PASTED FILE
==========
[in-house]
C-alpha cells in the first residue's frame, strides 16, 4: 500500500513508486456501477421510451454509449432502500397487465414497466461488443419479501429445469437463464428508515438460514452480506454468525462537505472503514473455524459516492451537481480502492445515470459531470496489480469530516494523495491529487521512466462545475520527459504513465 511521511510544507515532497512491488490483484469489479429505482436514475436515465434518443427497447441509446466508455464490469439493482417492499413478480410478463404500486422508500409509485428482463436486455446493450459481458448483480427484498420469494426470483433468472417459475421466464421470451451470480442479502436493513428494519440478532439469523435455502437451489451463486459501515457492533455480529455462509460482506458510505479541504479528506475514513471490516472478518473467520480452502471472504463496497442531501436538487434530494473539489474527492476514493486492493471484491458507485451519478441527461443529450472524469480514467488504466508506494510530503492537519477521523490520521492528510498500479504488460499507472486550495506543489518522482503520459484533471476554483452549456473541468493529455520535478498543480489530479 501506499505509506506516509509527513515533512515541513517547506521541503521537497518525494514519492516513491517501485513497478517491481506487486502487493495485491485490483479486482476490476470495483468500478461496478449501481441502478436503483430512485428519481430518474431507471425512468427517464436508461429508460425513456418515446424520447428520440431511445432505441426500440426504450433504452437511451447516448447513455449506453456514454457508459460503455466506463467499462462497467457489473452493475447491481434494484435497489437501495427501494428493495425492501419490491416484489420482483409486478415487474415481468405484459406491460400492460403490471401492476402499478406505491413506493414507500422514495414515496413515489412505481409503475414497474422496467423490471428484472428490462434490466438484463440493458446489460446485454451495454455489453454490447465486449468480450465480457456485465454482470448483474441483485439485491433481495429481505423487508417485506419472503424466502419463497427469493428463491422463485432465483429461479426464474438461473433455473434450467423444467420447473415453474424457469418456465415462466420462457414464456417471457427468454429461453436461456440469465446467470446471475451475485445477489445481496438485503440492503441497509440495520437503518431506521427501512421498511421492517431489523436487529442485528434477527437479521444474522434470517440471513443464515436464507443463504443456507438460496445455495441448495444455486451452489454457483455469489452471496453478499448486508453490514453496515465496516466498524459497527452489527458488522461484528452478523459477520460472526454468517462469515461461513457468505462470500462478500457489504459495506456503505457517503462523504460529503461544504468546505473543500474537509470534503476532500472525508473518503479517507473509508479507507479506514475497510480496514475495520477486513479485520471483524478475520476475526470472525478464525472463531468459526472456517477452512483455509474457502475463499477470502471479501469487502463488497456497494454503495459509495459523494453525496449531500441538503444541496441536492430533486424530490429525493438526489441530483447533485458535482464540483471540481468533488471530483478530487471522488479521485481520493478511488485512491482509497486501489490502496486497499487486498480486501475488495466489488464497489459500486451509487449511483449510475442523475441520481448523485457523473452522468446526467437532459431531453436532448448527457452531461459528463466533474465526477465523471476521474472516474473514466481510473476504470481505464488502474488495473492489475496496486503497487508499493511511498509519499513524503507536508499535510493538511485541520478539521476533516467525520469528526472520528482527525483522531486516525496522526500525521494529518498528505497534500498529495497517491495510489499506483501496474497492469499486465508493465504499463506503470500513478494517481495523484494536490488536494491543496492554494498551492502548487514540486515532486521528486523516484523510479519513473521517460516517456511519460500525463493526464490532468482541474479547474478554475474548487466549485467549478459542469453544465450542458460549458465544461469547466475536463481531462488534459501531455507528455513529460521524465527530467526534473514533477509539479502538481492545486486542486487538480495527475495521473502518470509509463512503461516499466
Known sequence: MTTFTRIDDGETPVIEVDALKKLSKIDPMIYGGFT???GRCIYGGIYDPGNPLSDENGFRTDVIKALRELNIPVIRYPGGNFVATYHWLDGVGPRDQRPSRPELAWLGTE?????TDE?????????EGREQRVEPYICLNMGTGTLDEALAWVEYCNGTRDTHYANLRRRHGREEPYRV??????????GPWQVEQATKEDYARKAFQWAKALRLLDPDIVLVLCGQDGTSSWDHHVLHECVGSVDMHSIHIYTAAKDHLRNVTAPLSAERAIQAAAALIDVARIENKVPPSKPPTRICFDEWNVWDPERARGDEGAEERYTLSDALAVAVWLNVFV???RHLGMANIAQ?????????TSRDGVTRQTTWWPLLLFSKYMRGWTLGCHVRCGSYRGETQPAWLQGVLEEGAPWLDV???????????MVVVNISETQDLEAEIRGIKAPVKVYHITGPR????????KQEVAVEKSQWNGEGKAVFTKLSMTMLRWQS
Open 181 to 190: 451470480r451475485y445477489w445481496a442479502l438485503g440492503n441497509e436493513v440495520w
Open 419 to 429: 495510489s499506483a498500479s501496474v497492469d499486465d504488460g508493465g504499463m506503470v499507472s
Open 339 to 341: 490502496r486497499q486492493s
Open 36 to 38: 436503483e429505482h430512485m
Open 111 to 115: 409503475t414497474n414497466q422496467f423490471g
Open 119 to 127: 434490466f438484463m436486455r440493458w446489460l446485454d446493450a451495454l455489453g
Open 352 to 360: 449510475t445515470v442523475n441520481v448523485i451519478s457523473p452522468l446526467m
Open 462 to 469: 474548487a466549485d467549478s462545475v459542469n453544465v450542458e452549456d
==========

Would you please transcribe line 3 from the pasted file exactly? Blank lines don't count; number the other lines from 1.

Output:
Known sequence: MTTFTRIDDGETPVIEVDALKKLSKIDPMIYGGFT???GRCIYGGIYDPGNPLSDENGFRTDVIKALRELNIPVIRYPGGNFVATYHWLDGVGPRDQRPSRPELAWLGTE?????TDE?????????EGREQRVEPYICLNMGTGTLDEALAWVEYCNGTRDTHYANLRRRHGREEPYRV??????????GPWQVEQATKEDYARKAFQWAKALRLLDPDIVLVLCGQDGTSSWDHHVLHECVGSVDMHSIHIYTAAKDHLRNVTAPLSAERAIQAAAALIDVARIENKVPPSKPPTRICFDEWNVWDPERARGDEGAEERYTLSDALAVAVWLNVFV???RHLGMANIAQ?????????TSRDGVTRQTTWWPLLLFSKYMRGWTLGCHVRCGSYRGETQPAWLQGVLEEGAPWLDV???????????MVVVNISETQDLEAEIRGIKAPVKVYHITGPR????????KQEVAVEKSQWNGEGKAVFTKLSMTMLRWQS